512-Year-Old Shark Caught by Marine Biologists
512-Year- Old Shark Found in the Wild
Various stories shared heavily online suggest that a team of marine biologists has caught a Greenland Shark that is 512 years old, dating back to the times of William Shakespeare. No, as explained below, the Greenland Shark is not 512 years old.
The stories mention that the very old Greenland Shark measures at a shocking 18 feet long and has overcome and withstood some notable and remarkable times, like the World Wars and Sinking of the Titanic. Certain stories also mention Ocean Quahog Ming as World’s Oldest Animal at 507 Years Old.
Not 512-Year-Old Greenland Shark
The incident in question originates from an August 2016 study published in Science Journal, when scientists captured 28 female Greenland sharks to examine their lifespan. They used Radiocarbon dating of their eye lens nuclei to estimate their lifespan:
..The age ranges of pre-bomb (nuclear bomb tests, which began in the 1950s) sharks (reported as midpoint and extent of the 95.4% probability range) revealed the age at sexual maturity to be at least 156 ± 22 years, and the largest animal (502 cm) to be 392 ± 120 years old..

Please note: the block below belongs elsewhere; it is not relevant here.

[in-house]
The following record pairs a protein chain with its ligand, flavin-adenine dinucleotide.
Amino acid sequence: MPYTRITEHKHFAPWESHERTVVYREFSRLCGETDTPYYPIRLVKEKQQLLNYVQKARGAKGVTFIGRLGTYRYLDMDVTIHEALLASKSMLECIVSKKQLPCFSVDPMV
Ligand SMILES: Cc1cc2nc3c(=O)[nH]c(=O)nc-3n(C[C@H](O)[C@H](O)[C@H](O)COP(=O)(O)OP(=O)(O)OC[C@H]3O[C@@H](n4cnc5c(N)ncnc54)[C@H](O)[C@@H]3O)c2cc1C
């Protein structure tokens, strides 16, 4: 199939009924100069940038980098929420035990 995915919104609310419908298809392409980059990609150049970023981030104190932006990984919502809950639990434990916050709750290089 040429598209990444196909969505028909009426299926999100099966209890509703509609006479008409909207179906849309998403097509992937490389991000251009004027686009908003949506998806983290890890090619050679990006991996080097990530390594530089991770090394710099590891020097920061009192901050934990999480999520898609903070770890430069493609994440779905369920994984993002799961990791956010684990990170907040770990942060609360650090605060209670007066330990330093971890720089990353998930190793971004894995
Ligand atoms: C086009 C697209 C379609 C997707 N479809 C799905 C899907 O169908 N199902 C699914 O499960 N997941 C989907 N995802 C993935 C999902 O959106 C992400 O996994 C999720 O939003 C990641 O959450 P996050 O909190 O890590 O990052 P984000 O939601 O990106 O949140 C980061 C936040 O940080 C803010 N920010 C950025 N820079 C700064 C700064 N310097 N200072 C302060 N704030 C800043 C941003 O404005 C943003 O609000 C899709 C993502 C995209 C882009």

It should be noted, the scientists mentioned the oldest of the sharks they sampled, one female shark could have been as young as 272 years or as old as 512. Since radiocarbon dating does not produce exact dates, the Greenland shark could most likely be somewhere in the middle, so about 400 years old. Therefore, the stories claiming scientists caught/discovered a 512 years old Greenland shark are hoaxes. The old study published in 2016 was somehow picked up again by some online outlets and reported with exaggerated headlines. Although the exact age cannot be determined, the shark does appear to grow very, very old. The reason for their longevity is that these Greenland shark fishes are very big, very cold, and grow slowly.
Hoax or Fact: